Panna Cotta with Roasted Rhubarb
Total Timeunder 2 hours
OccasionCasual Dinner Party, Cooking for a date, Formal Dinner Party
Taste and Texturecreamy, fruity, juicy, rich, spiced, sweet, tart, winey
Type of Dishdessert
- 70ml/2 1/2 fl oz milk
- 2 vanilla pods, scored and seeds removed
- Finely grated zest of 1 lemon
- 375ml/13fl oz double cream (heavy cream)
- 1 ½ leaves of gelatine, soaked in water
- 70g/2 ½ oz icing sugar (confectioners' sugar)
- 200g/7oz rhubarb
- 2 tablespoons caster sugar (granulated sugar)
- 1 thumb-sized piece of fresh ginger, peeled and grated
- 1 x 2.5cm/1 inch cinnamon stick
- 115ml/4 fl oz Champagne, Prosecco or other sparkling wine
Put the milk, vanilla pods, vanilla seeds, lemon zest and half the cream into a small pan and slowly simmer for 10 minutes or until reduced by a third. Remove from the heat and stir in the soaked gelatine leaves until dissolved. Allow to cool a little, then place in the fridge, stirring occasionally until the mixture coats the back of a spoon. Remove the vanilla pods.
Whip together the icing sugar with the remaining cream. Mix the two cream mixtures together. Divide into 4 serving moulds (I use little moulds, espresso cups, or small glasses). Cover and chill for at least an hour.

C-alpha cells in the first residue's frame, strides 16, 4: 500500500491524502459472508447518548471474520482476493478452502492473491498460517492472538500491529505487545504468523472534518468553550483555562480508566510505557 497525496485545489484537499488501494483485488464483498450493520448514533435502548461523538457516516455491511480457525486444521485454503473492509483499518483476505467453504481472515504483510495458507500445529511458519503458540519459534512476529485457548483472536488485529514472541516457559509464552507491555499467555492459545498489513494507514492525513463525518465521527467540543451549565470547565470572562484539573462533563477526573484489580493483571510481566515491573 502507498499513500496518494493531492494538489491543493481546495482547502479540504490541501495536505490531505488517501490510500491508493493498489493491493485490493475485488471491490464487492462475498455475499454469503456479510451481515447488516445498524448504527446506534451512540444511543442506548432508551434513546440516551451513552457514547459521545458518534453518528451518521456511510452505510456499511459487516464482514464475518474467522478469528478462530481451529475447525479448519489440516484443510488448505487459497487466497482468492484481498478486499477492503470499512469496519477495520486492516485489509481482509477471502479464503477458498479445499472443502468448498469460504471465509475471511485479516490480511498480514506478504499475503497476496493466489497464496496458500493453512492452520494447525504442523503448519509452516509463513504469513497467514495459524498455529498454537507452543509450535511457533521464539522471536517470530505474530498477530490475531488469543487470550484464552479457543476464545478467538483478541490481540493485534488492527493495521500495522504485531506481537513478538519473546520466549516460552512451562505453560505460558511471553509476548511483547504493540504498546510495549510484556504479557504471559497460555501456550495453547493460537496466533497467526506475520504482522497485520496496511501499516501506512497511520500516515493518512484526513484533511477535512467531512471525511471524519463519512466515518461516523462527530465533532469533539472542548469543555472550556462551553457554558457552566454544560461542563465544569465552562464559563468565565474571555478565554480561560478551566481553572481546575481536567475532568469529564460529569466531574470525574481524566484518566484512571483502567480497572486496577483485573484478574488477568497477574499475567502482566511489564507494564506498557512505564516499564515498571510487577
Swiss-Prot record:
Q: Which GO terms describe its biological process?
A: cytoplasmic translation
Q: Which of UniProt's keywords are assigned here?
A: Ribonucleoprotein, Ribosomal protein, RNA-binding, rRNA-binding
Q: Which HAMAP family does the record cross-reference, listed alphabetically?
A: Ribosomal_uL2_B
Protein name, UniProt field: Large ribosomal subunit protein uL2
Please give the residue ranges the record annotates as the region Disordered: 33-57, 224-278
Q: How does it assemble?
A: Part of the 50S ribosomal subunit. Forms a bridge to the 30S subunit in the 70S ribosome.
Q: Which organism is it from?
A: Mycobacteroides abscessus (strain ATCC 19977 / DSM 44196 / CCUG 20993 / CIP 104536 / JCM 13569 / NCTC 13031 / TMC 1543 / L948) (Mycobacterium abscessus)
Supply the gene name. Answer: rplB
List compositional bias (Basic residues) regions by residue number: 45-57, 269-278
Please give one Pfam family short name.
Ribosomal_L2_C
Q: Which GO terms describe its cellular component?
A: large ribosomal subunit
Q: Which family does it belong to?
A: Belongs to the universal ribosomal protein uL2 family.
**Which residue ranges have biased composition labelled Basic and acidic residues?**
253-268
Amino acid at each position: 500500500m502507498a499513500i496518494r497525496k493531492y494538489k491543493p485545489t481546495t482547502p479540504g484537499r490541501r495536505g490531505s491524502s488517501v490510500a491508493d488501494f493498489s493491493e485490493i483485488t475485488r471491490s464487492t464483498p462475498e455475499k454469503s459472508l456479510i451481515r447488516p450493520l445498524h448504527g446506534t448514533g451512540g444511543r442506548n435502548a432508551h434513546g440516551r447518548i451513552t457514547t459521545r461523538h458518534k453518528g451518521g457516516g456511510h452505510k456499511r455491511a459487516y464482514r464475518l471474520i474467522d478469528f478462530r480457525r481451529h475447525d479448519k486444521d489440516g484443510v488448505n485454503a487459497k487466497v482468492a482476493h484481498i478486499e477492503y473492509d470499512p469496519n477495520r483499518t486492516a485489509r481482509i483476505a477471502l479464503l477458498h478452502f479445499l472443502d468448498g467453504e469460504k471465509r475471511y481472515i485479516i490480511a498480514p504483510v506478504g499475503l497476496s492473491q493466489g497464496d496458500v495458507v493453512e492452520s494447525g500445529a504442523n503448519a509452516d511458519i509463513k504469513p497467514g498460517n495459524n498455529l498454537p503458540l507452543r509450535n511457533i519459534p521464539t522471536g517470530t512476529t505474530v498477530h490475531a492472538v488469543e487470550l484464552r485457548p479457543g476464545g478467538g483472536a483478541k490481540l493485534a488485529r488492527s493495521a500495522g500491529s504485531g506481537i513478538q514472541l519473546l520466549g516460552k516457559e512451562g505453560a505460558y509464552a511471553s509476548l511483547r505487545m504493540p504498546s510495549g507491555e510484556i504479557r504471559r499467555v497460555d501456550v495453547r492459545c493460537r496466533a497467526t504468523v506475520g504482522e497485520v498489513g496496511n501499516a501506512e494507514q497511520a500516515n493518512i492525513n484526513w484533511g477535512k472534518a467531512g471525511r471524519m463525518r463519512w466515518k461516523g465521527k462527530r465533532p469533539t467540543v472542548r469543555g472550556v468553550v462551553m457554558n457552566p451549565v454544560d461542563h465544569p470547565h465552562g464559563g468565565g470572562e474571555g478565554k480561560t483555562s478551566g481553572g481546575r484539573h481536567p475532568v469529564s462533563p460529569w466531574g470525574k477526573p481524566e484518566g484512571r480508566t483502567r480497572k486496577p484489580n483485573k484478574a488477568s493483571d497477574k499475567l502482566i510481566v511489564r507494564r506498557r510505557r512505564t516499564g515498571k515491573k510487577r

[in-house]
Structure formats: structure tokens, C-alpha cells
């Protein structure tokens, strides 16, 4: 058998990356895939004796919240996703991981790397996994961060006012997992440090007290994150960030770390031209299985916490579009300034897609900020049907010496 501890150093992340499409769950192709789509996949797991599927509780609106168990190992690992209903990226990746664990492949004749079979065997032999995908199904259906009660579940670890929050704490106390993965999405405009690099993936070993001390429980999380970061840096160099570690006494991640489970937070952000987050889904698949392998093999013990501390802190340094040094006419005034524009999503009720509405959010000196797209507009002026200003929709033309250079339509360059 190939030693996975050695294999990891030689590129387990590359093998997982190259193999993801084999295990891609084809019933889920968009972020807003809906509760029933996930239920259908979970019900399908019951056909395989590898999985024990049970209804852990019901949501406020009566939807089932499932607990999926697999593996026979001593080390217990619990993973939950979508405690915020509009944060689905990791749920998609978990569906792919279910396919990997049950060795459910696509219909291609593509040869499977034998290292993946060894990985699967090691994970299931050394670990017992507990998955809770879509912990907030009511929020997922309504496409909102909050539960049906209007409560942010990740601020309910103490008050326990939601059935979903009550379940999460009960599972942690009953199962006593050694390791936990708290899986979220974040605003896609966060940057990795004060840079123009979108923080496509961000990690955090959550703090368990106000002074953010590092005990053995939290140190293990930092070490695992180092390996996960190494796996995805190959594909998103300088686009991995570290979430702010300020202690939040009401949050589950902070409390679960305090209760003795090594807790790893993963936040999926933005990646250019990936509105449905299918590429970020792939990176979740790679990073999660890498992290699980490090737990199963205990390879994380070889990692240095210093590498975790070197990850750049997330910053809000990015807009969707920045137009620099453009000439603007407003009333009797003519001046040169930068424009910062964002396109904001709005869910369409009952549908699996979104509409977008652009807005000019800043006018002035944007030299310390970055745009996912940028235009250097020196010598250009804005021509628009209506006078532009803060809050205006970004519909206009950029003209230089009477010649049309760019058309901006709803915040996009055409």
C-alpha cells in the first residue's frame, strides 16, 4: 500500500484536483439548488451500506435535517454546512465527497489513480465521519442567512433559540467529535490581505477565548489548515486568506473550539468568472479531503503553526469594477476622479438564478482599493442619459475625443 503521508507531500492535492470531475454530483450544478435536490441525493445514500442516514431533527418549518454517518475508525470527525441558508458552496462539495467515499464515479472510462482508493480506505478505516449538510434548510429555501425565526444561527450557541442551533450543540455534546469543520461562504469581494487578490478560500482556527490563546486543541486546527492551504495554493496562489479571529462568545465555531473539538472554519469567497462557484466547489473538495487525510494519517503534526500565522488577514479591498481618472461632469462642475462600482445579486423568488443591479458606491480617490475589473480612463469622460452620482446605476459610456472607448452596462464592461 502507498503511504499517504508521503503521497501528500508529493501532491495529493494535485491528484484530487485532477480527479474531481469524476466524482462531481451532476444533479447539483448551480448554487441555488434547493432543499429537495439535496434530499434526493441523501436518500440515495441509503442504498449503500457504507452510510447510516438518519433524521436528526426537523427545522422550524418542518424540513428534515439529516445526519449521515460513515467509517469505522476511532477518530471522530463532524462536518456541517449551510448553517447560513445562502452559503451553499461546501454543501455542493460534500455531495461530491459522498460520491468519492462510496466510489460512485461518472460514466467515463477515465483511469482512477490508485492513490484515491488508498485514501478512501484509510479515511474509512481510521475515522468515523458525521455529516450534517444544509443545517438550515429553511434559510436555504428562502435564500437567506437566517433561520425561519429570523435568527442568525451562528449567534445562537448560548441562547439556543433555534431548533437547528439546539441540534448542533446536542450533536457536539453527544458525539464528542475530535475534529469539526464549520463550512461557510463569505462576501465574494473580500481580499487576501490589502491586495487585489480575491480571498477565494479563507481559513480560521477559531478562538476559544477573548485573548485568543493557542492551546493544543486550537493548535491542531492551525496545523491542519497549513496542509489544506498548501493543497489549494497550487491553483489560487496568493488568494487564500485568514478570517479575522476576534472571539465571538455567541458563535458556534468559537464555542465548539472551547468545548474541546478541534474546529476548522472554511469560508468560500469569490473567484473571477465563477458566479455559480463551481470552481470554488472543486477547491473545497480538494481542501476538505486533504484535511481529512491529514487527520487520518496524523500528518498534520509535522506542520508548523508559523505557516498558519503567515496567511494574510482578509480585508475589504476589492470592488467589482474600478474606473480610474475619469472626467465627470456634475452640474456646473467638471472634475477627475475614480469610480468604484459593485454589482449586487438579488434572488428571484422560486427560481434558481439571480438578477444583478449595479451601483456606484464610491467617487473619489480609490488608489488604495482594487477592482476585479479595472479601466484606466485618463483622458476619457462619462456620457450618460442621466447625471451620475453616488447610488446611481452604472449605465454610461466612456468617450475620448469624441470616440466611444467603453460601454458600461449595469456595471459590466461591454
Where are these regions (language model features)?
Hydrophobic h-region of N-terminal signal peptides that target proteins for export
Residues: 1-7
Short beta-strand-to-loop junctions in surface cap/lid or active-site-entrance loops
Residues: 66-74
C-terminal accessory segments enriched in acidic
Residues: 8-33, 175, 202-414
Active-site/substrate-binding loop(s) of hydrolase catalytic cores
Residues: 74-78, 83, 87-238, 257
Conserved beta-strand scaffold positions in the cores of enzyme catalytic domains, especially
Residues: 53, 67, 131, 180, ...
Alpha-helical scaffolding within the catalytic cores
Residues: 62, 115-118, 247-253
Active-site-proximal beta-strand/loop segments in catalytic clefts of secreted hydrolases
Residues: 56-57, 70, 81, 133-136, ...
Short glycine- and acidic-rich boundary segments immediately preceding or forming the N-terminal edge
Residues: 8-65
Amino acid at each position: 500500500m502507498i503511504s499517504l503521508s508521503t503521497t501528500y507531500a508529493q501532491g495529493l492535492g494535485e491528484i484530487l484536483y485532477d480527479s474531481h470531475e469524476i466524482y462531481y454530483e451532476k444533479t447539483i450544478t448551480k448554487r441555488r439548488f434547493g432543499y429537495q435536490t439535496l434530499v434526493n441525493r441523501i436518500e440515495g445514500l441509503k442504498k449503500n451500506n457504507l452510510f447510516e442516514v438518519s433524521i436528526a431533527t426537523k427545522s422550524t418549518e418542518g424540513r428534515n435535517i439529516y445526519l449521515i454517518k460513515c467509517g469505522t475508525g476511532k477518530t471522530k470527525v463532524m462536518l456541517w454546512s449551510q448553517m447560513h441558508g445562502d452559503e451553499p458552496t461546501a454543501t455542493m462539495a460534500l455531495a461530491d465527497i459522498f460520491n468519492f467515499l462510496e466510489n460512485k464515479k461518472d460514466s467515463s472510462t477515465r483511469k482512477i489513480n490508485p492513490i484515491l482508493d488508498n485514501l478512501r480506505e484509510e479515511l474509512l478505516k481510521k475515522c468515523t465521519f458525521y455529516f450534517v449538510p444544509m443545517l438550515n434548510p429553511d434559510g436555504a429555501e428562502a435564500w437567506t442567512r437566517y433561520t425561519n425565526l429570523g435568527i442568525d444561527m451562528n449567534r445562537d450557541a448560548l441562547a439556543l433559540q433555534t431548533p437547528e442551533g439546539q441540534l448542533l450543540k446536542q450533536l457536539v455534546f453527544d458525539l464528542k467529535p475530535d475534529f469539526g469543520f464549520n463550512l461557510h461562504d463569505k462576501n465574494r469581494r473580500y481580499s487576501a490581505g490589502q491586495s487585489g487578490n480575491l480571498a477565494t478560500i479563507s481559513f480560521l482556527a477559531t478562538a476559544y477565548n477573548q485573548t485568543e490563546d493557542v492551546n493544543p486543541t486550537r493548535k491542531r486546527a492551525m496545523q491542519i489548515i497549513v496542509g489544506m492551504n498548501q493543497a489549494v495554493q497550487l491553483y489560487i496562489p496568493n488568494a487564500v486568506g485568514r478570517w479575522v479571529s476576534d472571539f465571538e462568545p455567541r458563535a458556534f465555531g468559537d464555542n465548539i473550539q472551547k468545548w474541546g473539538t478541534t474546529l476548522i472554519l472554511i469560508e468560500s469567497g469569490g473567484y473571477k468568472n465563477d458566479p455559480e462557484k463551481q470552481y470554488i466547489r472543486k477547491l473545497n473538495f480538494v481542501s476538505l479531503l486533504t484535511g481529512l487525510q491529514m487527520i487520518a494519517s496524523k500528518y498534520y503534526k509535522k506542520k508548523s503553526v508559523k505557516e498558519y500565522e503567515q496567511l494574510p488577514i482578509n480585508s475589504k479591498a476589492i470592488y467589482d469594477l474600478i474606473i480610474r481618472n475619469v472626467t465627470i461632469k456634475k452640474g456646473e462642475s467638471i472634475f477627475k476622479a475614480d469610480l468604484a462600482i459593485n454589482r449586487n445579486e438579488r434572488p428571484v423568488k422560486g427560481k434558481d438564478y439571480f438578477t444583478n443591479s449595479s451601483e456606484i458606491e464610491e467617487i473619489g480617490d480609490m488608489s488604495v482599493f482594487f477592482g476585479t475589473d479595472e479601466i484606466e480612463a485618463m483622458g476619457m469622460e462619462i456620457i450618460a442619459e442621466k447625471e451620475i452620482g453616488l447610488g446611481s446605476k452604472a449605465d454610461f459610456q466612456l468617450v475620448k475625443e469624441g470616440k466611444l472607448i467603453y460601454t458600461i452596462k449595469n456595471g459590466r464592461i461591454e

Meanwhile chop the rhubarb into 4cm/1 ½-inch pieces, sprinkle with the caster sugar and broil until lightly browned. Gently heat together the ginger, cinnamon and champagne or prosecco, then pour over the roasted rhubarb, cover, and leave for about 30 minutes for the flavours to do their bit.
To serve, sometimes I’ll dip the mould or cup into some simmering water to loosen the panna cotta a little, then turn it out on to a plate next to some rhubarb with its juice (remove the cinnamon). Or you can just put the rhubarb on top of your cups or glasses of panna cotta and serve from there. Both ways are cool. Also gorgeous served with fresh figs and honey or caramelized blood oranges.
PS Nice with a little basil.
2002 Jamie Oliver